AutoZone ERISA Suit Clears Motion to Dismiss

The district court declined to rule on the reasonableness of comparing actively managed funds to passively managed index funds on a motion to dismiss, clearing the way for discovery and potentially a full trial.

The U.S. District Court for the Western District of Tennessee, Western Division, has ruled against AutoZone’s motion to dismiss an Employee Retirement Income Security Act (ERISA) lawsuit accusing the firm of a variety of fiduciary breaches.

The underlying complaint emerged in November. While it does not specifically name Prudential as a defendant, the fiduciary breach allegations center on Prudential’s GoalMaker investment solution, which was allegedly offered by AutoZone to its employees during the period at question in the lawsuit.

According to the plaintiffs, AutoZone described GoalMaker to participants as a service that would “guide you to a model portfolio of investments available, then rebalance your account quarterly to ensure your portfolio stays on target.” AutoZone also represented, according to plaintiffs, that GoalMaker’s allocations “are based on generally accepted financial theories that take into account the historic returns of different asset classes.”

The complaint, which has now cleared the motion to dismiss stage, goes on to suggest “the approval, maintenance and recommendation of an abusive ‘GoalMaker’ asset allocation service furnished by Prudential Insurance Co. served Prudential’s interests” over the interests of participants. The plaintiffs say AutoZone breached ERISA’s prudence and loyalty standards in a variety of ways—allegations which can now proceed to discovery and potentially a full trial.

Here is how the new decision characterizes the one-count complaint: “Plaintiffs’ one-count complaint, taken as a whole, alleges AutoZone breached its fiduciary duties in violation of ERISA by (1) retaining GoalMaker, which allegedly steers participants into high-cost investment options to the benefit of Prudential and against the best interests of plan participants; (2) by failing to monitor and remove the Guaranteed Index Fund as an investment option; (3) retaining mutual funds and separate accounts that charge exorbitant management fees and have hidden trading costs; (4) failing to invest in lower-cost share classes; (5) failing to monitor exorbitant recordkeeping fees; and (6) failing to provide participants with the complete and accurate information they required to make adequately informed investment decisions.”

AutoZone disputes all the allegations raised by plaintiffs and thus sought dismissal of the entire complaint. In its motion to dismiss, AutoZone requested an opportunity to present an oral argument. Case documents show the court granted AutoZone’s request and heard oral arguments from both parties on August 28.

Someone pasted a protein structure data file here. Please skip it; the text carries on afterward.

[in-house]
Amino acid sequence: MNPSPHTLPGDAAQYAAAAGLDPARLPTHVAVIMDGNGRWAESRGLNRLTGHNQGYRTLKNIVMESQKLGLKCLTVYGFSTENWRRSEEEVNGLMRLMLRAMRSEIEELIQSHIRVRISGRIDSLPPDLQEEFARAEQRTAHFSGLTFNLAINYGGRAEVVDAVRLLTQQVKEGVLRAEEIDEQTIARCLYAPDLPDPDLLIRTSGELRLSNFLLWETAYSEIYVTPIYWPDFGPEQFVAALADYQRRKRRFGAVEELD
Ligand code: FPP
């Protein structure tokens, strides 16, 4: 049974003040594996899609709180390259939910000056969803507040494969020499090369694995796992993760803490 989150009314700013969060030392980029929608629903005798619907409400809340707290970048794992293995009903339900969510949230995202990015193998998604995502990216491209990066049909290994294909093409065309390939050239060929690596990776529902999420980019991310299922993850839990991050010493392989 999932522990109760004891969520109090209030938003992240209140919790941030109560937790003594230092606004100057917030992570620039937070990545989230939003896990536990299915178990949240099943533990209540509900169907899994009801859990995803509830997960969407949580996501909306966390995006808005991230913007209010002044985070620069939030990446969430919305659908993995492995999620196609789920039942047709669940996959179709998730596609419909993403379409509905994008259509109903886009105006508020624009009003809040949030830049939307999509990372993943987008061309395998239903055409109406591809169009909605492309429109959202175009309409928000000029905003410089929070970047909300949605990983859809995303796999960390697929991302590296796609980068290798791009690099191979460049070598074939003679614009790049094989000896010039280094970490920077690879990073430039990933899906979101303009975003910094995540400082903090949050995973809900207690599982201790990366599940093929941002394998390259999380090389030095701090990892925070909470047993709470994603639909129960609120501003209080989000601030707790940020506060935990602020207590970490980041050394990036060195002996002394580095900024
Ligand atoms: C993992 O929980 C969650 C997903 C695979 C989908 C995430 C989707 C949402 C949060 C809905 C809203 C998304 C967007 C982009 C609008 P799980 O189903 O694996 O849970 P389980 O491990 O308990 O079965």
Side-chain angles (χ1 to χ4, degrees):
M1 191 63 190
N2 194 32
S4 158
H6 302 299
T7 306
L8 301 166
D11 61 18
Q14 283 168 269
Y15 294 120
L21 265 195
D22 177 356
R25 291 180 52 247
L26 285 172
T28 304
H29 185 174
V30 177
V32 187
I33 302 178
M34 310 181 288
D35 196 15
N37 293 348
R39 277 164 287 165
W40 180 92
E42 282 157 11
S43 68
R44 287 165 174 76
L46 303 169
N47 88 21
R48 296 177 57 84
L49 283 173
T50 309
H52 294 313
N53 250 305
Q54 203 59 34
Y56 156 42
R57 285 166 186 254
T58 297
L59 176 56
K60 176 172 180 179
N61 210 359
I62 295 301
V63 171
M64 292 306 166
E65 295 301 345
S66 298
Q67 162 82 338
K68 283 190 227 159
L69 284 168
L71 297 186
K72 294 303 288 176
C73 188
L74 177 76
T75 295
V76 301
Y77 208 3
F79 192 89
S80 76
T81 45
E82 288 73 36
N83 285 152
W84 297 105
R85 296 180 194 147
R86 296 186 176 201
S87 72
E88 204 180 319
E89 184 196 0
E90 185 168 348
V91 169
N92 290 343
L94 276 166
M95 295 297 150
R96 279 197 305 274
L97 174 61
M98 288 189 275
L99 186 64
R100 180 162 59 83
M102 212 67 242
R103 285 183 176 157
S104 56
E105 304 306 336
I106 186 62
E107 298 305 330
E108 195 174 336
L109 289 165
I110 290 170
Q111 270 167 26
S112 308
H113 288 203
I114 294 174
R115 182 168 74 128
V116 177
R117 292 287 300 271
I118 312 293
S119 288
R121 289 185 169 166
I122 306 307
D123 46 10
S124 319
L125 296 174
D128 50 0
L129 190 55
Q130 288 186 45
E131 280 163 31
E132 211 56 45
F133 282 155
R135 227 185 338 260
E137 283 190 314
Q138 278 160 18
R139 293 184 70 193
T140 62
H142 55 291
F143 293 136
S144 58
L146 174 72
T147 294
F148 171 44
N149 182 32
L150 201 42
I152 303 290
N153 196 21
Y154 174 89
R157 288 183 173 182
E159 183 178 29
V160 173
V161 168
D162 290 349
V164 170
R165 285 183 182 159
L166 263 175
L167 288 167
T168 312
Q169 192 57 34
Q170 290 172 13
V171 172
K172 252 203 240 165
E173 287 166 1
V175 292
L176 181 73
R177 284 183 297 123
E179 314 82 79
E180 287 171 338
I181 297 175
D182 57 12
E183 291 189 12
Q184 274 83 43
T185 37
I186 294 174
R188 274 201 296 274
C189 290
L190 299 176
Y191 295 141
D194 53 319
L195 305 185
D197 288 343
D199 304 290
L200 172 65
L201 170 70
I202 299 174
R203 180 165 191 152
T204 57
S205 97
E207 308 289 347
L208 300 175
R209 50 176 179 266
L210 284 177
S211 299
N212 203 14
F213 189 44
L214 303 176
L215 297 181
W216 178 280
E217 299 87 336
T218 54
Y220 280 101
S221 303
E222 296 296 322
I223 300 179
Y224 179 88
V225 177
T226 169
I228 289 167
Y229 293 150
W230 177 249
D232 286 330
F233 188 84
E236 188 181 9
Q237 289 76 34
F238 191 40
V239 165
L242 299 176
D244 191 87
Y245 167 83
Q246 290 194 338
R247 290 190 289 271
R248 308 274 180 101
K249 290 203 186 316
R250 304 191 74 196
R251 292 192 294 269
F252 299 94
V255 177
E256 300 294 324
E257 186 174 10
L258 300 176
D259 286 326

For the reasons outlined in the 21-page ruling, the court finds plaintiffs “have alleged sufficient facts to state a claim to relief that is plausible on its face.”

Among the defendants’ arguments is the notion that comparing GoalMaker funds to passively managed Vanguard index funds—as the complaint does—is like “comparing apples to oranges and does not raise an inference of imprudence on AutoZone’s part.” AutoZone further argues that retirement plan fiduciaries are not required by law to pick the best performing fund or “the lowest-cost fund.” Rather, ERISA requires plan administrators to offer a variety of investment options.

“While AutoZone is correct that no authority requires the fiduciary to pick the best performing fund, that is not the allegation made here,” the ruling states. “In addition, AutoZone’s argument that the court should give limited weight to fee comparisons between actively managed GoalMaker funds and low-cost Vanguard index funds invites the kind of factual analysis that is inappropriate at the pleading stage. … This court declines to rule on the reasonableness of comparing actively managed funds to passively managed index funds on a motion to dismiss. While plaintiffs must allege more than inapt investment comparisons to make the necessary inference of imprudence to survive a 12(b)(6) motion, at the pleading stage, taking all factual allegations in plaintiffs’ favor, the court finds the complaint sufficiently states a claim for breach of fiduciary duty based on AutoZone’s selection and management of GoalMaker funds.”

The decision goes on to state that the parties’ dispute over the propriety of comparing actively managed funds to index funds raises questions of fact and law that have not been addressed by the local circuit—in this case the 6th U.S. Circuit Court of Appeals. As such, the court finds dismissal “would be inappropriate at this point.”

The same apples-to-oranges argument fails the defense on various other claims included in the lawsuit, including the arguments related to the offering the Prudential Guaranteed Index Fund.

“Taking the entire complaint into consideration and drawing all reasonable inferences in favor of plaintiff, the court finds that plaintiffs’ allegations give rise to a plausible inference that AutoZone’s process for selecting and monitoring the [Guaranteed Index Fund] was deficient,” the ruling states. “Here, AutoZone spends much of its time attacking the accuracy of plaintiffs’ comparison of the [Guaranteed Index Fund] to [a supposedly similar Vanguard fund]. However, a motion to dismiss is not meant to resolve arguments regarding the truth of plaintiffs’ allegations or the accuracy of their statements. Instead, the court must take plaintiffs’ well-pleaded factual allegations as true and draw every reasonable inference from them in their favor.”

The full text of the ruling is available here.